Another important issue is family members. It’s common to have family members working in a small business but how are those positions filled when the business sells? If you have a spouse or child working in the business with you and both want to leave upon sale, have a transition plan in place that ensures continuity. If 2 or more rainmakers plan to leave small business, the buyer pool can dry up. Depth within the staff is a highly critical factor.
A broad customer base in which no single customer accounts for more than 5% (up to 10% in some industries) of total revenue helps to insulate a company from financial hardship if a good customer does not stay after a sale. This is easier said than done for some businesses.
If the nature of your business sometimes requires large customers, try to have that customer managed by someone other than the owner. Relationships are key in small business and giving a buyer the best opportunity to keep good customers is critical to selling. Customer concentrations are another reason getting part of your price on a contingency basis is likely. Concentrations of revenue are a huge issue when selling!
Barrier to Entry
Buyers want your earnings, not your assets. Anyone can buy furniture, fixtures, equipment, vehicles and inventory and if that’s all it takes to compete with you, someone probably will. The harder it is to get started in your business, the more likely it will sell.
A low barrier to entry usually equals a lower price and more difficulty in selling. However, there are steps you can take to help your cause no matter what the industry. For example, create customized software or apps that lower costs and increase customer awareness and satisfaction, develop a process, training and employee manual, maintain drawings or menus for continuity purposes, improve and manage your digital presence, become an industry expert and publish articles and offer training, develop your brand(s), copyrights, trademarks, etc., etc. Any advantage you have over your competition strengthens your position while lowering perceived risk.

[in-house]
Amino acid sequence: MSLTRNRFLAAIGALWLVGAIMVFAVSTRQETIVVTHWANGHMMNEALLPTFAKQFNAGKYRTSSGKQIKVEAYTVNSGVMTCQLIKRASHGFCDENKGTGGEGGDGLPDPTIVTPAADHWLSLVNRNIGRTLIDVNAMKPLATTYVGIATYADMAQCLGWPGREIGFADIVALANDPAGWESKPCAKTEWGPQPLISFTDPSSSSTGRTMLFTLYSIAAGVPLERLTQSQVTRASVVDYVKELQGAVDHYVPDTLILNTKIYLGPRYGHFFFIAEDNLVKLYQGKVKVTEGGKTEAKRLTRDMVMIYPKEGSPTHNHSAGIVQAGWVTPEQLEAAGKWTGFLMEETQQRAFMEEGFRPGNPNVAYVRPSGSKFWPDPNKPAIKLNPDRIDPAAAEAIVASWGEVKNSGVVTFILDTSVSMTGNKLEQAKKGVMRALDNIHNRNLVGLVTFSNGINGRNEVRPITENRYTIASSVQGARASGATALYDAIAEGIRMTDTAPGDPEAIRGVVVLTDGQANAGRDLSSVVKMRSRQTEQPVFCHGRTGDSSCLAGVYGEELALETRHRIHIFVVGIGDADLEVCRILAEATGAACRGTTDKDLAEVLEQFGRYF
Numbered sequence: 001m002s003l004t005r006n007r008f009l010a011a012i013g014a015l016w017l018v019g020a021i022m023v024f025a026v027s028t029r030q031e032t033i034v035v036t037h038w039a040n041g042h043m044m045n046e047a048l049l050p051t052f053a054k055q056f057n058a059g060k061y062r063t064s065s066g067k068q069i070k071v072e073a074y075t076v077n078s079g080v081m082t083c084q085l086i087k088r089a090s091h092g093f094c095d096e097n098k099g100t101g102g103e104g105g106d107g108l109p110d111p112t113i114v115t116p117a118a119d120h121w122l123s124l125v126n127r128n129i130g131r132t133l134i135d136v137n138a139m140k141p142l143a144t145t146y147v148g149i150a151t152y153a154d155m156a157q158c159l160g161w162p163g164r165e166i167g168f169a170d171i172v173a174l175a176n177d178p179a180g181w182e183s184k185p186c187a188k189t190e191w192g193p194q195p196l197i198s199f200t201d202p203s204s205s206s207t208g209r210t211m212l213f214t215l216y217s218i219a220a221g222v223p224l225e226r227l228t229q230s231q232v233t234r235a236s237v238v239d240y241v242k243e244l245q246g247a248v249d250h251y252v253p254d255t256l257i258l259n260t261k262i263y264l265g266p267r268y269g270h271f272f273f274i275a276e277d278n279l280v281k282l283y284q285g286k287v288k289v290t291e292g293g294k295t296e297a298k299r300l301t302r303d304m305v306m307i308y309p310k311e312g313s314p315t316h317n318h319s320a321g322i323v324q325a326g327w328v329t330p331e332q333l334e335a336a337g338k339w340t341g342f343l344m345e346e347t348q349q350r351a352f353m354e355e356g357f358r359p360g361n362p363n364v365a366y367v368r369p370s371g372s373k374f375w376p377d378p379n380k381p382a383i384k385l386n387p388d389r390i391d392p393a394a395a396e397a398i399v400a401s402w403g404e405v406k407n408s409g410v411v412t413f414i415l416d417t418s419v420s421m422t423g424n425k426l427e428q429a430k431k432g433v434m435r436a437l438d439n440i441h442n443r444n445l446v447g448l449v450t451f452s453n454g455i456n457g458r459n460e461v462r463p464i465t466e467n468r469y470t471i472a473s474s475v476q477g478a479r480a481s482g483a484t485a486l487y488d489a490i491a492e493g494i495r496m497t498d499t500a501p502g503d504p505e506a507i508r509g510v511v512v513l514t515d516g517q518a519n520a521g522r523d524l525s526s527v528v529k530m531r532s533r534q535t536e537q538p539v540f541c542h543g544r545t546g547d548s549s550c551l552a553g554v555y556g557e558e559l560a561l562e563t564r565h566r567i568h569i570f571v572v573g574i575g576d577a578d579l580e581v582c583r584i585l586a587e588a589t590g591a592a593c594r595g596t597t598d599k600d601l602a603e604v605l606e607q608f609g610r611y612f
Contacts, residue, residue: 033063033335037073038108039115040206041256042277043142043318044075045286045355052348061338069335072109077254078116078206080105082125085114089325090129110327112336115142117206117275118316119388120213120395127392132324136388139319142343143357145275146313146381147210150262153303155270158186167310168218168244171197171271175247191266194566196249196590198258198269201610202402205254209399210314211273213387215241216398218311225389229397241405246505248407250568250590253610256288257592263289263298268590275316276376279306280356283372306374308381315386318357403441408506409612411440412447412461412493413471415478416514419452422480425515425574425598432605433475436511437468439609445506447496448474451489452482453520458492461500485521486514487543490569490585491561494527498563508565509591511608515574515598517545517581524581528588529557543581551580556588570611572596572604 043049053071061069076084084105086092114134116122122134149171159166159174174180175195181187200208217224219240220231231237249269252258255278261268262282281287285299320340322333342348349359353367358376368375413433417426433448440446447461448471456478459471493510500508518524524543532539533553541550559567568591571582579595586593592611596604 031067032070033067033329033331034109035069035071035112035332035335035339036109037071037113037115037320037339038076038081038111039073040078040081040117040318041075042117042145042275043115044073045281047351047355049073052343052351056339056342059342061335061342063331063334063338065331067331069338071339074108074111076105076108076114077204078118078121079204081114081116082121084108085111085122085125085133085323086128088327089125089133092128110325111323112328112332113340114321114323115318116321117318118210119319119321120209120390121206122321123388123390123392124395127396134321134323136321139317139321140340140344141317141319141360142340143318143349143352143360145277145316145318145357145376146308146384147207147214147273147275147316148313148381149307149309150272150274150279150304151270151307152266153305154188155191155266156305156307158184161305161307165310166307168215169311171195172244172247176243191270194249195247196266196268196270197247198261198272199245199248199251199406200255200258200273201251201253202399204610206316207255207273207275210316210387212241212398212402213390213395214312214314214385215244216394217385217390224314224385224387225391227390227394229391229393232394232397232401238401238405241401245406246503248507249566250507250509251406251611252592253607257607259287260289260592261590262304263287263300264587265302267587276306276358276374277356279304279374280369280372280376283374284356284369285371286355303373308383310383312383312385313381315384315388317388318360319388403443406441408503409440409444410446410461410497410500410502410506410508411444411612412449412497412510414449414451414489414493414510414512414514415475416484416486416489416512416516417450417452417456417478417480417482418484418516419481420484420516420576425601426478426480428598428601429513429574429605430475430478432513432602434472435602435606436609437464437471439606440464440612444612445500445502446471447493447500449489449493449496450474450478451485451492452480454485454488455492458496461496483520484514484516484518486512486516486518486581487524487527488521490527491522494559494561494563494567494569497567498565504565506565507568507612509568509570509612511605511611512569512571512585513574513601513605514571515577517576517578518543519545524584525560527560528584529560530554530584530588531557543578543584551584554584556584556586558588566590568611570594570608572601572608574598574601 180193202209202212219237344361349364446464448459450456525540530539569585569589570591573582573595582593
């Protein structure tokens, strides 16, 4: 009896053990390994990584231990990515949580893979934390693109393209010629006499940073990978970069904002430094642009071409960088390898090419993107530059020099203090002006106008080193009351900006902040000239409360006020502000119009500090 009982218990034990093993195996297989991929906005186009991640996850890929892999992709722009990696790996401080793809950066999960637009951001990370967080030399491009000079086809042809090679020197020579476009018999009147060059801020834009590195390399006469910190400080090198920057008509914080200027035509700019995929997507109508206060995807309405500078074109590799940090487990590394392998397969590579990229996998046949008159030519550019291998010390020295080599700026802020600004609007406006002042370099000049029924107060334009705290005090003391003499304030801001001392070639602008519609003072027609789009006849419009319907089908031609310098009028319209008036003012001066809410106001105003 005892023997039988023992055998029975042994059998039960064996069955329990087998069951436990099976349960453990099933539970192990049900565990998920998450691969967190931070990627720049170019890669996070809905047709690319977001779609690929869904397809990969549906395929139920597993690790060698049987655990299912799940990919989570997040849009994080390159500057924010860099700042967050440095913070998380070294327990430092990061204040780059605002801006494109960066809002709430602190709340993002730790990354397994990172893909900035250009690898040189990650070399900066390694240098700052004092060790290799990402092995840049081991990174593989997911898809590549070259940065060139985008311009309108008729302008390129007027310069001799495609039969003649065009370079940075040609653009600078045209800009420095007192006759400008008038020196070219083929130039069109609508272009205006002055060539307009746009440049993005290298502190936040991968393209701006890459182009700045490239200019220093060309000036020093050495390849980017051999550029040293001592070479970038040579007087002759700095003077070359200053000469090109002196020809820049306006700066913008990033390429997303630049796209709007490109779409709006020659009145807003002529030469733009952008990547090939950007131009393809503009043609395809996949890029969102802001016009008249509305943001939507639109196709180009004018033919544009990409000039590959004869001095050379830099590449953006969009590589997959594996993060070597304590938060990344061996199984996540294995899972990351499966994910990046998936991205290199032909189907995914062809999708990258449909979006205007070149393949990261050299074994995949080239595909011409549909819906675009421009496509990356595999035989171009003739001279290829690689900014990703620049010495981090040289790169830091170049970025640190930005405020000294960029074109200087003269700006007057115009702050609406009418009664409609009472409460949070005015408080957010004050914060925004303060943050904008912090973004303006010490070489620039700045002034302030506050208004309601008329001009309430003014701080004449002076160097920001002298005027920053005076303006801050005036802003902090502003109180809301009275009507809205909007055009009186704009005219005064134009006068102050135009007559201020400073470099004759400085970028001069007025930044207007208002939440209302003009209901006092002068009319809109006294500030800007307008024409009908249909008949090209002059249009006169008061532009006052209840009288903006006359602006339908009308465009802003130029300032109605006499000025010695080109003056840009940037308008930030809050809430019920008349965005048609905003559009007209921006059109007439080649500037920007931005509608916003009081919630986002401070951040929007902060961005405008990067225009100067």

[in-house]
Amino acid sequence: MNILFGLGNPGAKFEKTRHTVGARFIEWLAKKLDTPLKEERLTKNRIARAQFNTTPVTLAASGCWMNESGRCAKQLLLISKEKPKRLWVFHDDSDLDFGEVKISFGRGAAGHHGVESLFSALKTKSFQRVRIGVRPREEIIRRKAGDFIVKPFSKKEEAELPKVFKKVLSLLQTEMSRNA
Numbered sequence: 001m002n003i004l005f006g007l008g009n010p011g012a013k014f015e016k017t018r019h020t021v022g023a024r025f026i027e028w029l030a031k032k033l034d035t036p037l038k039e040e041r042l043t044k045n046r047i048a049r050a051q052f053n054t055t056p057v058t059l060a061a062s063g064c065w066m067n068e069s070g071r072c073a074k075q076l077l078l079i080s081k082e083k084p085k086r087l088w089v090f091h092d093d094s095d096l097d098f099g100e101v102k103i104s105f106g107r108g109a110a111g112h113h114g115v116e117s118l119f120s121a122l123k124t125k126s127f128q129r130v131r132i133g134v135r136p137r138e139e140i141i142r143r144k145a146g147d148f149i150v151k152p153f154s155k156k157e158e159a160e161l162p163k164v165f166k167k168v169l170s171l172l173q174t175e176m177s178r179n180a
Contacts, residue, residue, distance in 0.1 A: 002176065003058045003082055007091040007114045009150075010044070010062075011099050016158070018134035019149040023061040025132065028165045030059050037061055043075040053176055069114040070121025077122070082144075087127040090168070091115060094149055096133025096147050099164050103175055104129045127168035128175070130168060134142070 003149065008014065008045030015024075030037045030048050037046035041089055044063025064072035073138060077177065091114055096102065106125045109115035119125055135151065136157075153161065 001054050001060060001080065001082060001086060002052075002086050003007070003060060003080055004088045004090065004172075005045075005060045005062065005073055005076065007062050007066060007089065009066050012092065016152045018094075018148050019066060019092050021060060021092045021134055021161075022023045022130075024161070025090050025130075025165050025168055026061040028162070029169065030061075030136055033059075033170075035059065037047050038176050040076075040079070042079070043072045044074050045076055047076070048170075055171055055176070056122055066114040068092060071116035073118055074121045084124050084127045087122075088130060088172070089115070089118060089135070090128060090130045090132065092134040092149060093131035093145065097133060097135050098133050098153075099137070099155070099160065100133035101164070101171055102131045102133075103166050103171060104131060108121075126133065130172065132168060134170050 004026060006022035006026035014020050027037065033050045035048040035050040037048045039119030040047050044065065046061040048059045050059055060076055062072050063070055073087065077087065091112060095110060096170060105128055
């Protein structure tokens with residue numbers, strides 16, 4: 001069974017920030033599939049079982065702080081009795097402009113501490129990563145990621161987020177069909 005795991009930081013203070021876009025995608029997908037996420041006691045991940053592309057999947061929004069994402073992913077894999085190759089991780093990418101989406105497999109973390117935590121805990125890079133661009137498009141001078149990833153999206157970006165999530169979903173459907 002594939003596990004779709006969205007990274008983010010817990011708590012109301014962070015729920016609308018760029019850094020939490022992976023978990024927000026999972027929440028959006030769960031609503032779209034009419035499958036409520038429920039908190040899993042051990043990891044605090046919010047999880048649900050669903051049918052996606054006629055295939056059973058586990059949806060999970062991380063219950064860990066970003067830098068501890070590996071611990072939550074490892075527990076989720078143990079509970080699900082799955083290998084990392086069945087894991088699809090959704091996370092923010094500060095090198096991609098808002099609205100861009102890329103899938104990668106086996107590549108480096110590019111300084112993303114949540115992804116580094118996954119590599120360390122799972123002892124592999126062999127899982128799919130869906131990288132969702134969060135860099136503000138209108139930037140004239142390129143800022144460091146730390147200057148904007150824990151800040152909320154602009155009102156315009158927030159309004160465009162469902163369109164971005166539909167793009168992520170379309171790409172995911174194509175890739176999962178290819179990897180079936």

When a Seller can describe realistic growth opportunities, a deal is much more likely. Future growth is the most basic covenant for acquisition and without it; there is no reason to buy.
Before going to market, try to identify new products or services that could be delivered to existing customers, study your trade area… would expansion increase margins? Will demand for your product or service increase as technology and population grows? What about adding capacity, can more equipment or staff increase profits? Change is hard when you’re running a small business but identifying new opportunities for a buyer with a new passion will definitely check a box for the buyer and lender. Use caution though… project too much growth and the question becomes “why didn’t you do it if it’s that simple?”
You should also use caution in justifying your price with growth potential. If “potential” is what your price is based on, buyers quickly notice you want to be paid for work and value they create in the future. Sorry, but opportunity for growth is a target for the buyer; whoever shoots it down gets the credit.
Facility and Equipment